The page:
Here we will use tpcall().

tpcall(<String (ServiceName)>, fmlBufIn, fmlBufOut, Flags);

The first parameter is a string referring to the name of the required service required by your application. Following on from our current theme of choosing the application's version, you could visualise this parameter as, "SELECT_SERVICE".

The fmlBufIn buffer contains the necessary fielded values, as defined in section 7 required by the code of your chosen service. We have renamed this fmlBuffIn to distinguish it from fmlBuffOut which is a second empty buffer required by the function which will contain the server’s response. Again the servers response will be data mapped mapped to FLDIDs.

9. Transactions

Tuxedo allows you to perform transactions meaning the updating or inserting data into multiple resources typically to a server-side database or file system.

In order to do this, we firstly create a Transaction object for our application.

Transaction transaction = New Transaction;

We then use its function, tpbegin() to initiate the transaction. This function has two parameters, your AppContext object from section 5 and a time-out value accepting a value of type long defining the maximum number of seconds allowed by the system before timing out.

transaction.tpbegin(AppContext, timeout);

You will then transfer the required data for the transaction to an in buffer using field identifiers.

Imagine us needing to update apple stock values.

FML32 fmlBufIn = New FML32(1024);
FML32 fmlBufOut = New FML32(1024); //Buffer Out required for tpcall()
fmlIn.field(ID) = 1
fmlIn.field(STOCKVALUE) = “Apples” 
fmlIn.field(QUANTITY) = 200

We then call the required service with tpcall().

tpcall(“Update_Stock”, fmlBufIn, fmlBufOut, 0, 0)

If the call is successful and returns with no errors, use tpcommit() on our transaction object.

transaction.tpbegin(AppContext, timeout)

This function terminates the transaction. When tpcommit() returns successfully, all changes to resources as a result of the current transaction become permanent.

10. Retrieving records from the server

In order to retrieve records from the server, populate your buffers for the designated service and call it with tpcall().

Use foccur(<FieldId>) on the the out buffer. Foccur() returns the number of values associated with the field id in the buffer. Multiple values can be associated with any one FieldId.

Int occurences = fmlBufOut.Foccur(STOCK);

If (oc > 1)  { //Check to see if the occurrences are greater than 1.
    Object value;
    FLDID fldFieldid = New FLDID(STOCK);
    object[] objArray = new object[oc - 1 + 1]; //Create an object array of length of occurrences
    int i;
    for (i = 0; i <= oc; i++) //Loop through number of occurrences
      // Retrieve each occurrence and add it to objArray
      fmlBufOut.Fget(fldFieldid, i, obj); // ‘retrieves value under designated field id
      objArray(i) = obj;
    value = objArray; // Transfer array to value
   //'If there is only one occurrence, don’t loop
    Else if (oc = 1) {
       fmlBufOut.Fget(fldFieldid, 0, value)

value will contain the record or records associated with the particular field id. The code above can handle both singular and multiple values.

The next step is to cast value into the expected data type. I suggest producing a class of functions to handle the casting of different data types.

For example, the function below could handle all retrieval of type string records for your application. Note, we have created a ReturnValues() function, this function could contain the same code directly above accepting a buffer and field id as parameters in order.

public string GetStringTuxedo(ref FML32 fmlBuf, FLDID fieldId)
    int occurences;
    string string;
    // Find occurrences 
    occurences = fmlBuf.Foccur(strChamp);
    // If no occurences, return nothing
    if (occurences == 0)
        return null;
    else if (occurences == 1) // If one occurrence, return string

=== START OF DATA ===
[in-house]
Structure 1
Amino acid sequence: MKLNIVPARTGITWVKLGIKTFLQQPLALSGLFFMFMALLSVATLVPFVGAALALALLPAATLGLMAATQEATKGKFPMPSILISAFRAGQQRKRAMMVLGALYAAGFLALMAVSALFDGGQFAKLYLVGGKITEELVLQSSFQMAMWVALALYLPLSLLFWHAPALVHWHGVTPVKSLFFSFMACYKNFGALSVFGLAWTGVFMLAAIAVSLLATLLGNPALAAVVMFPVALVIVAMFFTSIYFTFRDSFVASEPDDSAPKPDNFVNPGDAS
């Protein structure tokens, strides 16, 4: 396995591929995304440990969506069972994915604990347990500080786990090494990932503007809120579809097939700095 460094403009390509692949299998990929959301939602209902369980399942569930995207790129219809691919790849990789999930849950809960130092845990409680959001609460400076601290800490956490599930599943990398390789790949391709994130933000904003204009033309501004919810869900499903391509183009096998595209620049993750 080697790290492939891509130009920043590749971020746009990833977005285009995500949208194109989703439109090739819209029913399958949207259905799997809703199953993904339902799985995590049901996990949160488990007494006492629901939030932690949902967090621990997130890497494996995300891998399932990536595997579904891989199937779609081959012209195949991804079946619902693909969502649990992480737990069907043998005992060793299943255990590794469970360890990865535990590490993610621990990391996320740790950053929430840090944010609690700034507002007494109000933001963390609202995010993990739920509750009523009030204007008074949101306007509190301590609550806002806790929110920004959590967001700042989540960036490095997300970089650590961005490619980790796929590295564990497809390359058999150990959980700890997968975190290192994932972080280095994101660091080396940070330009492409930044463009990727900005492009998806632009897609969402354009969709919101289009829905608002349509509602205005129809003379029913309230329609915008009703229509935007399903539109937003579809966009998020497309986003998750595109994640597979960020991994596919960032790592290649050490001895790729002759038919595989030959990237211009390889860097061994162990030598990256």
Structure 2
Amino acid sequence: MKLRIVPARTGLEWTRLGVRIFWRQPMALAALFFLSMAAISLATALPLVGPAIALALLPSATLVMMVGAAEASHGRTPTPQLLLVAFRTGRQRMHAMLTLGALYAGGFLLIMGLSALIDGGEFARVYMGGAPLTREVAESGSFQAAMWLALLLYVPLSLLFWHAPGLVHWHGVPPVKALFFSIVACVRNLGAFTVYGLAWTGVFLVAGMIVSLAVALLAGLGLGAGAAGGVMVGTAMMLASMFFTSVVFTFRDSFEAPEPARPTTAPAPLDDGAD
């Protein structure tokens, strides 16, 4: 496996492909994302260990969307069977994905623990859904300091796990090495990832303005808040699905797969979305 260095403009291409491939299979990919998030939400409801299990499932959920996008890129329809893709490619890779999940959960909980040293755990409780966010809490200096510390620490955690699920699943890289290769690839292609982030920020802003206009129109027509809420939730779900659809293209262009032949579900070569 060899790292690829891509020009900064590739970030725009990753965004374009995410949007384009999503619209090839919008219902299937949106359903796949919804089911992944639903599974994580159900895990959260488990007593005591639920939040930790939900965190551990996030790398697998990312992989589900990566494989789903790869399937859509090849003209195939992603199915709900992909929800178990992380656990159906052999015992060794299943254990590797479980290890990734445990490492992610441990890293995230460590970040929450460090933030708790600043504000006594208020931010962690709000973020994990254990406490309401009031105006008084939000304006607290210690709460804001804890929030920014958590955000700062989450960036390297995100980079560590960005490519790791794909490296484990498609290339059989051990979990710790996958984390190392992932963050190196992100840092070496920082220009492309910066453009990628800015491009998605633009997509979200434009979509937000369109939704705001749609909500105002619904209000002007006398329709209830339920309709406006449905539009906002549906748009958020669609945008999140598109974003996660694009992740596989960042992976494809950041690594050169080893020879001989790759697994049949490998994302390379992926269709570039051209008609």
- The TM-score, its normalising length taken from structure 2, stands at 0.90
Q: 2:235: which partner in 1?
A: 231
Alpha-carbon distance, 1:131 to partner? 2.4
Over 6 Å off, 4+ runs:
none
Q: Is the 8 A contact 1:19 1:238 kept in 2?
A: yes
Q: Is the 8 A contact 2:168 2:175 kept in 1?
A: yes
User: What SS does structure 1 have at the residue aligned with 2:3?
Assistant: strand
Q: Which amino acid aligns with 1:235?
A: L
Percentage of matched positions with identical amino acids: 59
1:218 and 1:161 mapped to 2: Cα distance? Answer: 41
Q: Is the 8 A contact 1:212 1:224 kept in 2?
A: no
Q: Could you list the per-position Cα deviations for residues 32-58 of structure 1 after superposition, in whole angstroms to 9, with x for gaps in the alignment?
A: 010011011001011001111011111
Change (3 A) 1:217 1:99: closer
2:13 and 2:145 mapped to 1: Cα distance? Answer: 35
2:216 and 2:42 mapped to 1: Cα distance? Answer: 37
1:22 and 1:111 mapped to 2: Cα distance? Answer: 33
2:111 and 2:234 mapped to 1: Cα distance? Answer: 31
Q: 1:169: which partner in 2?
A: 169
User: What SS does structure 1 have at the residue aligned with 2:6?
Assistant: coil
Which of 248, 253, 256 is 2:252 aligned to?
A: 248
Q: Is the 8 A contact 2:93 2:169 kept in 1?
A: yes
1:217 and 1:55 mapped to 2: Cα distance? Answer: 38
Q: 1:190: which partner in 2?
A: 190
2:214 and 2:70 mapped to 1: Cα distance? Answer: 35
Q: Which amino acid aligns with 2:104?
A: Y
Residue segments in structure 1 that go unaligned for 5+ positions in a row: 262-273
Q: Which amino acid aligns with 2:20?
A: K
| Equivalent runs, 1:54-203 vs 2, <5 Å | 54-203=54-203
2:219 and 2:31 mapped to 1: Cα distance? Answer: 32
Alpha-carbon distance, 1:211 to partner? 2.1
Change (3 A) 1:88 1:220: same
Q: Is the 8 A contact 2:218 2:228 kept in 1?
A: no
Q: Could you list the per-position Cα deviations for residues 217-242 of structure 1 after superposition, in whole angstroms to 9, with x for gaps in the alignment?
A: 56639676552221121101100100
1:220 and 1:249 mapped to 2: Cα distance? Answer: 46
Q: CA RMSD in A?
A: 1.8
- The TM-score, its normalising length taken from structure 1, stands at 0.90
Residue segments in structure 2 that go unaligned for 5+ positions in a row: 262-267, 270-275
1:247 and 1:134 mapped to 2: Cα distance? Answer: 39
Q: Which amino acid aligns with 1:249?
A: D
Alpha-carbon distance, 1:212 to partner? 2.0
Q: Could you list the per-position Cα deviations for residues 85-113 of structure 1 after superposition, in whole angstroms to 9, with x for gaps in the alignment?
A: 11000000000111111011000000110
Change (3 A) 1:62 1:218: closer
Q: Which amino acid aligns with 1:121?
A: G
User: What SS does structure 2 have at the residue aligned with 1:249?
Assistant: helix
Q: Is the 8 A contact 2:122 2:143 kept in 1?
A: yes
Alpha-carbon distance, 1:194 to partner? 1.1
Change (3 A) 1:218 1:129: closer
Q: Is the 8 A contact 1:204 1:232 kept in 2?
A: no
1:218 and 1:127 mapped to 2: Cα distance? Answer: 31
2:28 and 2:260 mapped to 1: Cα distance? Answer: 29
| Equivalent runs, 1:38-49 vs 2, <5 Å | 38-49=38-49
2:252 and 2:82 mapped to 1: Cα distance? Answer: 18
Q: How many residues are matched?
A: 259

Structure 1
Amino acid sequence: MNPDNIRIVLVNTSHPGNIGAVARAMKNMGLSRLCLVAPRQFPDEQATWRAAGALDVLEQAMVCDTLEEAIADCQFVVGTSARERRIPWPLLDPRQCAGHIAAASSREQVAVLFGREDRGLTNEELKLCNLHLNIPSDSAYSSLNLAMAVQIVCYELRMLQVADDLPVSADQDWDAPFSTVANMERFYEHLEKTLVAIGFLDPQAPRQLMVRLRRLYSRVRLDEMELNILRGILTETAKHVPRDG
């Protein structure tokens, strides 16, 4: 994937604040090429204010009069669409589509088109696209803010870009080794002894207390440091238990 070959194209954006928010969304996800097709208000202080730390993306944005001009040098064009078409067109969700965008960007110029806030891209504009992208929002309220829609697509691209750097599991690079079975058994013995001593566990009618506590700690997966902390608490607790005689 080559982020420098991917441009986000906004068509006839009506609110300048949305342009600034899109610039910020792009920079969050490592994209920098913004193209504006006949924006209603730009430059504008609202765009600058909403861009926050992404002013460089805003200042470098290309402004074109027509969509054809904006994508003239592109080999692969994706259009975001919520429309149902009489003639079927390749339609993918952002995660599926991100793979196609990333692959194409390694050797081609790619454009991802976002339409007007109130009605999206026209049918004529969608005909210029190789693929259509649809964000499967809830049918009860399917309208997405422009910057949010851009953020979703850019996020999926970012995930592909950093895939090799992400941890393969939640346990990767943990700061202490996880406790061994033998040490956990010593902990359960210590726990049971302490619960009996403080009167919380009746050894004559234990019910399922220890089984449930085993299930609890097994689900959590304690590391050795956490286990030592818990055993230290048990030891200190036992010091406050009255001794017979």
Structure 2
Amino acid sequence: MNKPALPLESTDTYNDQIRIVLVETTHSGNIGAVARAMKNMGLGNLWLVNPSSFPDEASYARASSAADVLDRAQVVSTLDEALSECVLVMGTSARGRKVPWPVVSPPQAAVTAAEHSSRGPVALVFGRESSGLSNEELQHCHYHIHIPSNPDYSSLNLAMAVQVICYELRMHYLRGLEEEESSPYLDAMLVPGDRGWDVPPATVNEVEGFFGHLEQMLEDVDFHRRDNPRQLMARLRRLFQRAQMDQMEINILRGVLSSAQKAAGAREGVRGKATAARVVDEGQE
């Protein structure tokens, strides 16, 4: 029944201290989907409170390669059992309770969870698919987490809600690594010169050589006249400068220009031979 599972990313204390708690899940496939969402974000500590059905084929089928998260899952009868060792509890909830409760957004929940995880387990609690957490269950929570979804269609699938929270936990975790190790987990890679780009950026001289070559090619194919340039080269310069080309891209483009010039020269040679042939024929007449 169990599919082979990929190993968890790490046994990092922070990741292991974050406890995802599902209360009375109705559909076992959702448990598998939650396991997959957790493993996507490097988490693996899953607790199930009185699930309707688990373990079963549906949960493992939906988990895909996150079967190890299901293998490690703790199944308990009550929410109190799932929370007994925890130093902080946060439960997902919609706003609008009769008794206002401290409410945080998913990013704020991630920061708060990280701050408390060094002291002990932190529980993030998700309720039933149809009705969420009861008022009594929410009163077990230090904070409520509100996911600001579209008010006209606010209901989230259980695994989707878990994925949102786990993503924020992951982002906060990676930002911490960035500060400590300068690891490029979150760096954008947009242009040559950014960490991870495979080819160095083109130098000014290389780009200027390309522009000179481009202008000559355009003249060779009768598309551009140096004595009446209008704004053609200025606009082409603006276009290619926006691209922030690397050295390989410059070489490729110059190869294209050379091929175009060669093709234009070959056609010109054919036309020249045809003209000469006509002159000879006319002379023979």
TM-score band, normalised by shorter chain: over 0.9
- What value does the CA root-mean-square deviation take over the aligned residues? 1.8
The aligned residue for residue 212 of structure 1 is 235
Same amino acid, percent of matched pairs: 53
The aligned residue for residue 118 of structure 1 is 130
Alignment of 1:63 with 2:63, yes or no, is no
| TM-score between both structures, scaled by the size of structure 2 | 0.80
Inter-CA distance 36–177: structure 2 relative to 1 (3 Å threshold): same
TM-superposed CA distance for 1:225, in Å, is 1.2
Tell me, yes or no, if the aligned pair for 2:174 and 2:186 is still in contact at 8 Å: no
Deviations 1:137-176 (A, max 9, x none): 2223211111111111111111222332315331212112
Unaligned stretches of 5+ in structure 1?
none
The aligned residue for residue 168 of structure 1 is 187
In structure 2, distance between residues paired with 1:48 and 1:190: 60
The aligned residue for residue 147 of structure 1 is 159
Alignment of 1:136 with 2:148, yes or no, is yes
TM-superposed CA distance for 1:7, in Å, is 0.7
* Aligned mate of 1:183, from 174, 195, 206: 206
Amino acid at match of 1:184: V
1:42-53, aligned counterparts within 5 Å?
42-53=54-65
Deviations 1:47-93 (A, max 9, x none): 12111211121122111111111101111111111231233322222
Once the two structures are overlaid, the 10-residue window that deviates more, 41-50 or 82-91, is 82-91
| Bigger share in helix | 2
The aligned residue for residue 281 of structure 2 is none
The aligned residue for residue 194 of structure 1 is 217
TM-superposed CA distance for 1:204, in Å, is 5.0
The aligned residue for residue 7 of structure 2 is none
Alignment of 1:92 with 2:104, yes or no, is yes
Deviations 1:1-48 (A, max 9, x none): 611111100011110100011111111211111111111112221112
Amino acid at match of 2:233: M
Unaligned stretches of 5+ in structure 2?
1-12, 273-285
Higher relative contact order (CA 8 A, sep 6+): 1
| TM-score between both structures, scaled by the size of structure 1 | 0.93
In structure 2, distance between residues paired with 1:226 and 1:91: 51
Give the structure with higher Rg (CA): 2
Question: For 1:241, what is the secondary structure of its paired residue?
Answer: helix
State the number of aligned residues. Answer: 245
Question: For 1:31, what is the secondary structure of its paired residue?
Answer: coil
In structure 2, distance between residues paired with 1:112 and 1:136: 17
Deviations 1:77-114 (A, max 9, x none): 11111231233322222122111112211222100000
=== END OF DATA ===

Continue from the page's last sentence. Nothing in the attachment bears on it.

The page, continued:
string = (string)ReturnValues(fmlBuf, strChamp);
        return string;

Similar functions could handle the conversations for the data types required by your application.

11. Tips

11.1 Wrap Tuxedo into an Adapter class


I suggest enclosing your Tuxedo logic into a separate adapter project or collection of wrapper classes depending on the requirements of your project.

This allows all associated projects in your solution to plug into the single location nicely encapsulating your Tuxedo functionality and hiding the Tuxedo api calls behind your own.

TRIVIA: Wrapper classes or adapter projects are often useful when very often you do not really use all methods declared by an API or interface, so implementing the required functionality explicitly is very verbose.

It's considered good practice when a particular API's "view of the world" is not compatible with the philosophy and architecture of the system currently being developed providing an additional level of indirection to rearrange expected parameters.

It’s also useful when we want to reuse legacy code in our application that we can't modify by wrapping it in our own code.

A typical Adapter project may include the following classes:

![data/admin/2019/6/TuxedoAdapter (1).jpg](/data/admin/2019/6/TuxedoAdapter (1).jpg)

  1. TypedBuffer Class
    • This class wraps around the `TypedFML32` object and 
public TypedBuffer(long size)
        tBuffer = new TypedFML32(size);
    catch (Exception ex)
        // handle exception

As well as a field property to set and get fields, similar to what we saw in section but implemented as a property of the Typedbuffer wrapper. Slick!

public object field {
    get {
        If (oc > 1) {
            Object value;
            FLDID flieldId = New FLDID (<fieldid>);
            object[] objArray = new object[oc - 1 + 1];
            int oc = CInt (Me.fmlBuffer.Foccur(fieldid));
            int i;
            for (i = 0; i <= oc; i++) {
                fmlBufOut.Fget(fldFieldid, i, obj);
                objArray[i] = obj;
            value = objArray;
            Else {
                if (oc = 1) {
                    fmlBufOut.Fget(fldFieldid, 0, value)
    set {
        FLDID flieldId = new FLDID (<fieldid>);
        this.fmlBuffer.Fchgs (fldFieldid, 0, value);
  1. Transaction Class
  • Should contain your AppContext, TypedTPINIT and Transaction objects and functions to initialise the Tuxedo context and make calls on those objects.
  1. ExceptionClass

    • Handle Tuxedo errors here in order to print to a local log or display in your application
  2. FieldIds

    • You may include all of your Field id constants within a single class if not externally loaded from outside of your application